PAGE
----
Part 2 of a 3-Part Style Overhaul Series, including:
Every bargain hunter knows the very best finds need a bit of spit and polish. Whether it's seeing the potential in that overlooked, run-down little property, envisioning new upholstery on that tired chair, seeing through the dusty muck coating a glorious vintage tea set or eyeing up an ornate frame that's desperate for a stunning new artwork. And yes, the same is true for clothes. Revitalising your own wardrobe (FREE SHOPPING on a rack of stuff you actually like!) or scoring a soon-to-be new favourite that unfortunately (for now) is a bit too big, too long, too tight in places, too 80s, too frou frou, not frou frou enough, too high cut, too low cut... you most definitely get the idea... needs only a wee bit of elbow grease. So, fear not my fellow bargain-loving style pioneers - let us break uncharted ground with scissors in one hand and dressmakers pins in the other. We're kicking this off with... darts!
(Editor's* note: deeply Australian reference to follow) No, no, not the dart:
The dart! That glorious little fold of sewn-in goodness that will transform the shape of just about any boxy, oversized or ill-fitting garment you can get your mits on. Sitting below kimchi pancakes but above ice-cream on the "gargantuan list of things Hayley loves", darts are my most favourite of all style alterations. While it's obvious this is a great one for all my fellow pear-shapes out there as we chant "cinch, Cinch, CINCH!" even in our dreams, darts will make the world of difference for those with: larger busts, smaller busts, high waists, low waists, wide across the back, narrow across the back... yeah, you get it. Everyone.
How awesome are darts?
You'll remember from a previous conversation with my bum that I was given a gorgeous frock by a pal who has recently dropped a size. In trying on said dress - this was the initial result:
And after an hour or so adding a few cheeky darts...
Not bad, eh?? I popped a set of two theoretically symmetrical darts in the front and two further in the back. Let's take a closer look:
I've just tried to find you a little YouTube video as a good intro to darts but unfortunately - after some time - I have lost the will to live. So, I hope you're happy to just follow along with my chat below.
What I have learned by adding darts to everything I own...
1) It needn't be perfect
While my first set of darts was the result of 4.5hours of triangulation utilising assorted apparatus designed originally for amateur astronomy - I now know this: it needn't be perfect. Throw the tape measure away (not in the bin you crazy person! Heavens, I've got to keep an eye on you!) If the dart looks right to your eye, then it is going to look right to other eyes too.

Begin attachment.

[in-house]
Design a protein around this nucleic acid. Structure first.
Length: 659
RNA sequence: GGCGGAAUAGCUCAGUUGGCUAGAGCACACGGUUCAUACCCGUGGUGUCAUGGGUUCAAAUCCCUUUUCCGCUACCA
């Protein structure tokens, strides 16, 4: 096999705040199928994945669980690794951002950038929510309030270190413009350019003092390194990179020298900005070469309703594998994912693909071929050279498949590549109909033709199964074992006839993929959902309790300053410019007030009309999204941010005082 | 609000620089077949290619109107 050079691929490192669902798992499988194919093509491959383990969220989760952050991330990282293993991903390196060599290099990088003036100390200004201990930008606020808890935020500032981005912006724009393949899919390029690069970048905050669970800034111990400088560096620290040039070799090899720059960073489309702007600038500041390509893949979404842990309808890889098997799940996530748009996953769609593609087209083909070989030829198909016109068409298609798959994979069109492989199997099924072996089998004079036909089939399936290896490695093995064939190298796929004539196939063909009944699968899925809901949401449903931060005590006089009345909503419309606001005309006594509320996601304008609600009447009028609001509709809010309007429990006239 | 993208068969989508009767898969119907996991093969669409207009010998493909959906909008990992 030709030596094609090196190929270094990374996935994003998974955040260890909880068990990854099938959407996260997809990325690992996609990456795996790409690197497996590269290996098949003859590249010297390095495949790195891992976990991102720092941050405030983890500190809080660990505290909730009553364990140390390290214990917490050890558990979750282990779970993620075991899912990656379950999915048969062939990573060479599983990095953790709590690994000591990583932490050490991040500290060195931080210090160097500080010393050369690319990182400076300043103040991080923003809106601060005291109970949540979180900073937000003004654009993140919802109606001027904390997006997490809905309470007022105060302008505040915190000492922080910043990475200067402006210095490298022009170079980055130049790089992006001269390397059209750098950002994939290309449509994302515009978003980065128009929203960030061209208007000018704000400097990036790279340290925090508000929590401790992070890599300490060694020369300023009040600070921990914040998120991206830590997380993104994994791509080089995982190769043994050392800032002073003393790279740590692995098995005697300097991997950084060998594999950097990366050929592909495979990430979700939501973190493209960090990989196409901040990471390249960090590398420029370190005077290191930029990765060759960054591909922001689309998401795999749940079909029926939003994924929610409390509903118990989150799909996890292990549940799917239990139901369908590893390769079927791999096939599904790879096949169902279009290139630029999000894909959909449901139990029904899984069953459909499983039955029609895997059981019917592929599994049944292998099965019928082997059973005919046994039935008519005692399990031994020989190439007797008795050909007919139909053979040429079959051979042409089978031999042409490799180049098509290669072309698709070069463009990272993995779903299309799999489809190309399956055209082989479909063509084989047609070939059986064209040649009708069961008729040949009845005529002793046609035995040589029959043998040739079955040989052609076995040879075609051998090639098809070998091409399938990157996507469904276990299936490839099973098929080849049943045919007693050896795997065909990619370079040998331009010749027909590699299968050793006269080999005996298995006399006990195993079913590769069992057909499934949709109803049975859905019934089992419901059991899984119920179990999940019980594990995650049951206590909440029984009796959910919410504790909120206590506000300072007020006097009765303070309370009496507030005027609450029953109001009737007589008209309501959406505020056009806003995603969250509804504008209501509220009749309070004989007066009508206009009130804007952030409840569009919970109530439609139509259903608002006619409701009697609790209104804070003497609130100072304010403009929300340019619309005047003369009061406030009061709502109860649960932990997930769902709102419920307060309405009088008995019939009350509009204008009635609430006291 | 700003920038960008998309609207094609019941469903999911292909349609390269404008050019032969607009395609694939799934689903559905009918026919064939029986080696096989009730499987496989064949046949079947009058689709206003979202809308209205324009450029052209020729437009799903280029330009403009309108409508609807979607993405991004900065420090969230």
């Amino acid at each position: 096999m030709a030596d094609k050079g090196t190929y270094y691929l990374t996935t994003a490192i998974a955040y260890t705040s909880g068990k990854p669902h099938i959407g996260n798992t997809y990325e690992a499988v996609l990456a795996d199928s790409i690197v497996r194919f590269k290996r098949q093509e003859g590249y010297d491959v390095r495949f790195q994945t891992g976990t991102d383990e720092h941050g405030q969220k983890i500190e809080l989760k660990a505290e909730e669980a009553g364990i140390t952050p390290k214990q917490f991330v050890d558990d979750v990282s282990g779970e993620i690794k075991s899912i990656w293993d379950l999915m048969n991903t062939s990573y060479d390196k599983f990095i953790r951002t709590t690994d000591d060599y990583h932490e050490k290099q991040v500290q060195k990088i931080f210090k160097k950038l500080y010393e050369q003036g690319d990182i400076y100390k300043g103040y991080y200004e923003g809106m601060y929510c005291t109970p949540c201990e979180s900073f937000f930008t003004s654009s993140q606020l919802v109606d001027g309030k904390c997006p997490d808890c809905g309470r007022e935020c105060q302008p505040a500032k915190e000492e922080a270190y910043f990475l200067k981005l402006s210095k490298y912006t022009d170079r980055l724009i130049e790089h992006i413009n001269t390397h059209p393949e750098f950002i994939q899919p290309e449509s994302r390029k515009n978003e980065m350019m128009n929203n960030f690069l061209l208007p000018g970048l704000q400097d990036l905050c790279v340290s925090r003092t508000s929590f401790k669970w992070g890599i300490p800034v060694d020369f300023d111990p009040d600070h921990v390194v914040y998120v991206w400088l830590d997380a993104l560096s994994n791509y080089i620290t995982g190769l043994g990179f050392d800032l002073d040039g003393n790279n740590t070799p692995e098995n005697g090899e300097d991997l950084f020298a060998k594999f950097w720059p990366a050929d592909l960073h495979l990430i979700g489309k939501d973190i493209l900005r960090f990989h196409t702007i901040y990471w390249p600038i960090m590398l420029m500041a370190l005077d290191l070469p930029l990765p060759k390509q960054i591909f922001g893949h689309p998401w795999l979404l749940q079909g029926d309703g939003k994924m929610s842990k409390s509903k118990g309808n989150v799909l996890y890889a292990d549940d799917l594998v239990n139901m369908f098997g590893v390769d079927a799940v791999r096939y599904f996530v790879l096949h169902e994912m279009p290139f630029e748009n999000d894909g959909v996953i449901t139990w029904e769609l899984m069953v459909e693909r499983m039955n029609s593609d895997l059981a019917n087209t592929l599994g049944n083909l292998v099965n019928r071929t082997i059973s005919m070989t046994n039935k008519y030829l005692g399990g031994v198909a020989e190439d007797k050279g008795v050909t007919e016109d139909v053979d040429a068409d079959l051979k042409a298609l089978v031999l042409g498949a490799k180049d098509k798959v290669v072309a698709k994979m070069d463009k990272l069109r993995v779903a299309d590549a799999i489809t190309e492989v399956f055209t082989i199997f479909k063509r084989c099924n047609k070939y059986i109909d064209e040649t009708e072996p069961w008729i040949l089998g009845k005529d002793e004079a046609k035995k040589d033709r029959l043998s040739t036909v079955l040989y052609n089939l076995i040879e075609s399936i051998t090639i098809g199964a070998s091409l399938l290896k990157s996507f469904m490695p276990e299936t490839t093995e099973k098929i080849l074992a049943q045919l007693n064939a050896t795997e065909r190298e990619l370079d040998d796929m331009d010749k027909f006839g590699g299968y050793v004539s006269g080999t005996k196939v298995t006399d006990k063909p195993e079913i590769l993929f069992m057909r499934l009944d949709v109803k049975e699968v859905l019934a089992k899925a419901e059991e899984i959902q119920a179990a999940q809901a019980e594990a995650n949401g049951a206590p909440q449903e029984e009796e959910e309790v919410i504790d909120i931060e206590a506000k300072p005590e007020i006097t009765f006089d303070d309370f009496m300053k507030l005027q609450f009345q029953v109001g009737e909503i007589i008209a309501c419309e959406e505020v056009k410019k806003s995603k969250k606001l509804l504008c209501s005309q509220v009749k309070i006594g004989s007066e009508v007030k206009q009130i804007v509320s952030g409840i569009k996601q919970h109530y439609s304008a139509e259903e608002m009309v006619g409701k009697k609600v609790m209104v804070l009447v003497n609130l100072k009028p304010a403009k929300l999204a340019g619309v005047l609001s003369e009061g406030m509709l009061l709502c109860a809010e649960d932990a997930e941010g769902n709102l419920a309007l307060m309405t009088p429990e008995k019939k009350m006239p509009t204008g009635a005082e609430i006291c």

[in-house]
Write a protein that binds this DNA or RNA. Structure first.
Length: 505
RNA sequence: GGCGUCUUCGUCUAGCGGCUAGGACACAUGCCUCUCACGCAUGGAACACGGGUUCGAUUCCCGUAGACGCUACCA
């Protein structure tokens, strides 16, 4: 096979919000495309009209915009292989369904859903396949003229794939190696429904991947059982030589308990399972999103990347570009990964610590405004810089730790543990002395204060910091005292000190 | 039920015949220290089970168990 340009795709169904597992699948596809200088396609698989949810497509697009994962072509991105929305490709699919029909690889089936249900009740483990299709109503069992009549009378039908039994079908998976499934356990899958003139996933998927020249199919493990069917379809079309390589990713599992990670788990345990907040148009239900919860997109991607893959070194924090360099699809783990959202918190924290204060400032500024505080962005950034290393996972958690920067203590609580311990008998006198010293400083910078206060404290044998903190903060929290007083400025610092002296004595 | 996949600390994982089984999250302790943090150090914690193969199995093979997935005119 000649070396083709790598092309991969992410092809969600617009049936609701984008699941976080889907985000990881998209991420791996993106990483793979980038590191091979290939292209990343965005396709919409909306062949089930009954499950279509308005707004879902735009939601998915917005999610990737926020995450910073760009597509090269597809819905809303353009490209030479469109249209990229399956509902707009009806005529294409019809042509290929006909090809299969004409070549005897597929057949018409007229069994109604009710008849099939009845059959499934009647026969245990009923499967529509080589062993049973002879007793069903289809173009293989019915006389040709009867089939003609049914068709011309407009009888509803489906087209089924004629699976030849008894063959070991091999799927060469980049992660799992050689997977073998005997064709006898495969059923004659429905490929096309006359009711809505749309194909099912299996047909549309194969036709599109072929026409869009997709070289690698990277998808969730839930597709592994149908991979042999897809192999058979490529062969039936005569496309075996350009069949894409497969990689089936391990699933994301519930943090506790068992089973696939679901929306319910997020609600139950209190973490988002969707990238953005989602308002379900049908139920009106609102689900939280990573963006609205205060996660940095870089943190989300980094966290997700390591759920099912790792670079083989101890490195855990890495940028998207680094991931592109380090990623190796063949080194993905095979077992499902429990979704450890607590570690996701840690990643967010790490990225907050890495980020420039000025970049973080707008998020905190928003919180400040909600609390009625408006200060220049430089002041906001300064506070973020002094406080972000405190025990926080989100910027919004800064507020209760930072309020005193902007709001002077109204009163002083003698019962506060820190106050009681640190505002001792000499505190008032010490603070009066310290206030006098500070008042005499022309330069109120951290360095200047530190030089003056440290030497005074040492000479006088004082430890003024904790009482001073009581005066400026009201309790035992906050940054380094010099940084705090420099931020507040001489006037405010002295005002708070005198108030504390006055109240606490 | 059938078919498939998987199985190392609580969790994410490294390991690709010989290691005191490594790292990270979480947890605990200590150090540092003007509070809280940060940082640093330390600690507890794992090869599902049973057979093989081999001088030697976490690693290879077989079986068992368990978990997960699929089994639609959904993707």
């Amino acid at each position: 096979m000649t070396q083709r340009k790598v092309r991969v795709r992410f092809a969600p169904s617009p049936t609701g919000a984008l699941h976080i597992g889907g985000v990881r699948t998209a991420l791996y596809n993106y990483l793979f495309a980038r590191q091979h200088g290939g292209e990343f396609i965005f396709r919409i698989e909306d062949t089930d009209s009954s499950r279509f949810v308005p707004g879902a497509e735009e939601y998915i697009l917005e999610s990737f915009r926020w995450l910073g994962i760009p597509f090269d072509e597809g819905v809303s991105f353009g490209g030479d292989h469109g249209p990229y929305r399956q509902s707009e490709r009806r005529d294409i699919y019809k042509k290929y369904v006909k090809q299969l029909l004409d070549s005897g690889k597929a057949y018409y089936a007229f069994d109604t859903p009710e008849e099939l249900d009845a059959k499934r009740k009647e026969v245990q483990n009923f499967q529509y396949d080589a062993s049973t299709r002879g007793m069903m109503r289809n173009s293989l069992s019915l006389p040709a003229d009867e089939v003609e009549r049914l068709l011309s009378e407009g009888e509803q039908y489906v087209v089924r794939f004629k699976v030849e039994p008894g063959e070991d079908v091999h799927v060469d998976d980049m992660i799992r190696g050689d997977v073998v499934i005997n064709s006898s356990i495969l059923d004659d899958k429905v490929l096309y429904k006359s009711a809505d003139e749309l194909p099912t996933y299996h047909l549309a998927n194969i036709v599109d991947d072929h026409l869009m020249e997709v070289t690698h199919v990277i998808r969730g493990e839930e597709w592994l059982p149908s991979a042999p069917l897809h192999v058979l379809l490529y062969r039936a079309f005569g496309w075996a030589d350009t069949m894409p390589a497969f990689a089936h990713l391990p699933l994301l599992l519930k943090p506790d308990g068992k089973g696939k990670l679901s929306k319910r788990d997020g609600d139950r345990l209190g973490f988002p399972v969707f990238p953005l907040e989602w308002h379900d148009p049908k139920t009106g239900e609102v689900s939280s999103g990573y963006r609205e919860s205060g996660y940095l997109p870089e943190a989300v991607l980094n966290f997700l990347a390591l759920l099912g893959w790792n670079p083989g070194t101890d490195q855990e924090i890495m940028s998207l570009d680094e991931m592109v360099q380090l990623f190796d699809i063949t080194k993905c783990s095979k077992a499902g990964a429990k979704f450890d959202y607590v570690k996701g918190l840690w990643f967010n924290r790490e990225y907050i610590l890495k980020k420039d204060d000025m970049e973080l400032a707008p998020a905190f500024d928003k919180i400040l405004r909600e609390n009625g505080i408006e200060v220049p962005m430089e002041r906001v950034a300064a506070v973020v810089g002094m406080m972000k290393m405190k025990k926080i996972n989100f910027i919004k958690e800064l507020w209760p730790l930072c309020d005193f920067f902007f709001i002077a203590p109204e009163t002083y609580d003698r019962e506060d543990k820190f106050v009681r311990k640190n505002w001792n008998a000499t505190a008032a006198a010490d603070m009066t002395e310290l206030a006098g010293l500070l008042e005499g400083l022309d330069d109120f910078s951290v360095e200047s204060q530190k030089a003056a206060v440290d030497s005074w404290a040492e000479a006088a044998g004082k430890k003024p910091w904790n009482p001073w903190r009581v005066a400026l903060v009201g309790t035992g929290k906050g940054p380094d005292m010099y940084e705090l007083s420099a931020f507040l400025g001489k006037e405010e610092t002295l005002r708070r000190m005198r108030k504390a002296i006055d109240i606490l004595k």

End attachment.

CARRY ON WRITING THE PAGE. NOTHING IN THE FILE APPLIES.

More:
2) Pin your darts wearing your garment inside out
Pop on your dress/shirt/skirt/trousers and stand in front of the mirror. Looking at the hang of the garment, start to pinch the fabric in places, doing so symmetrically with both hands. Looking in the mirror, just pinch away until - SHAZAAM - you see an improvement in the whole fit of the garment. Honestly, you'll know when it happens - then, pin, pin, pin! Obviously if you have a friend or a very sympathetic partner - asking them to pin for you is a big help. BUT if you wriggle about enough, you can certainly pin a good guide yourself.
3) Let your nipples be your guide
The dart alterations I most often make are either to cinch the waist or reduce excess fabric in the bust. The best place to start to pinch in the darts is in line with the nipples.... for waist darts, I pinch the fabric directly below my nipples, while for reducing bust size (honestly, when you have a bum the size of mine, you're expected to be slinging great, glorious cantaloupes around), I pinch the fabric horizontally from my nipples. While not always the perfect formula, this is the best starting point I know. Plus, I get to talk to you about pinching nipples.
4) If you bugger it up, there's no harm done!
At the end of the day, you've only sewn a few little lines - something which is easily reversed with a few crass words shouted at the sky and a few minutes unpicking the stitches to start again. For this reason, I very rarely cut away excess fabric created by darts. The extra room means you can always let the garment out again if you go one too many rounds of yum cha. But, if the darts are quite large and add unnecessary bulk, simply trim with pinking shears so the fabric stays fray-free, as below:
5) Once you start, you won't be able to stop!
Friends, loved ones and people on the street will be lining up to have you make a few sneaky alterations to their fave pieces! I only just made a few adjustments for my pal after she nabbed these maxi dress beauties at a vintage kilo sale but quickly relegated them to the cupboard as too big...
So go on, get darting! No doubt there is something in your wardrobe that is just going to keep hanging there unless you do something anyway.... so, what have you got to lose? (Well, besides your dignity and precious hours of your life? Don't think about it, just dart).
*you and I both know The Editor is me.
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A big dollop of love from my finger tips to your screen (I promise that's not as creepy as it sounds). xx